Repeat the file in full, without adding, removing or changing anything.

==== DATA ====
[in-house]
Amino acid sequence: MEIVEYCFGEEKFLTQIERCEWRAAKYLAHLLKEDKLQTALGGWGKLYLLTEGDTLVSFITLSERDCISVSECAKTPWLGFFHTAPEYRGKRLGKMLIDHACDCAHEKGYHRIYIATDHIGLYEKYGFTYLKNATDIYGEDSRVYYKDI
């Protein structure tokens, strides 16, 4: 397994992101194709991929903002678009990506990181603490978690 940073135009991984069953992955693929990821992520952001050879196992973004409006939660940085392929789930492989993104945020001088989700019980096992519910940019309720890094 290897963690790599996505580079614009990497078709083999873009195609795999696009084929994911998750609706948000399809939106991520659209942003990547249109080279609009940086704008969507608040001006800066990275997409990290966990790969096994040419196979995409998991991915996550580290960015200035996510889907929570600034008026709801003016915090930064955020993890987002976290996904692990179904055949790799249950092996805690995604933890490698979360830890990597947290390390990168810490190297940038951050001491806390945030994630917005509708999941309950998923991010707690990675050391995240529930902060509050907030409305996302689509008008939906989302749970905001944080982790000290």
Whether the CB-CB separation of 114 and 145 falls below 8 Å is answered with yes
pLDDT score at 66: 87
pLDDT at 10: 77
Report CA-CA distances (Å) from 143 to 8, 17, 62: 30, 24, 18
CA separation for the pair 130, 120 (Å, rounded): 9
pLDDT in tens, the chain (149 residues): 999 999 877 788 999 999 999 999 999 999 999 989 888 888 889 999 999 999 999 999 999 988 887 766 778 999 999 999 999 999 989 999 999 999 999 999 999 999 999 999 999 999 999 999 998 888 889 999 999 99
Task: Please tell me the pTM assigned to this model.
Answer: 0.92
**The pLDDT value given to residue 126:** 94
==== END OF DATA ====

[in-house]
Amino acid sequence: MEIVEYCFGEEKFLTQIERCEWRAAKYLAHLLKEDKLQTALGGWGKLYLLTEGDTLVSFITLSERDCISVSECAKTPWLGFFHTAPEYRGKRLGKMLIDHACDCAHEKGYHRIYIATDHIGLYEKYGFTYLKNATDIYGEDSRVYYKDI
């Protein structure tokens, strides 16, 4: 397994992101194709991929903002678009990506990181603490978690 940073135009991984069953992955693929990821992520952001050879196992973004409006939660940085392929789930492989993104945020001088989700019980096992519910940019309720890094 290897963690790599996505580079614009990497078709083999873009195609795999696009084929994911998750609706948000399809939106991520659209942003990547249109080279609009940086704008969507608040001006800066990275997409990290966990790969096994040419196979995409998991991915996550580290960015200035996510889907929570600034008026709801003016915090930064955020993890987002976290996904692990179904055949790799249950092996805690995604933890490698979360830890990597947290390390990168810490190297940038951050001491806390945030994630917005509708999941309950998923991010707690990675050391995240529930902060509050907030409305996302689509008008939906989302749970905001944080982790000290």
Whether the CB-CB separation of 114 and 145 falls below 8 Å is answered with yes
pLDDT score at 66: 87
pLDDT at 10: 77
Report CA-CA distances (Å) from 143 to 8, 17, 62: 30, 24, 18
CA separation for the pair 130, 120 (Å, rounded): 9
pLDDT in tens, the chain (149 residues): 999 999 877 788 999 999 999 999 999 999 999 989 888 888 889 999 999 999 999 999 999 988 887 766 778 999 999 999 999 999 989 999 999 999 999 999 999 999 999 999 999 999 999 999 998 888 889 999 999 99
Task: Please tell me the pTM assigned to this model.
Answer: 0.92
**The pLDDT value given to residue 126:** 94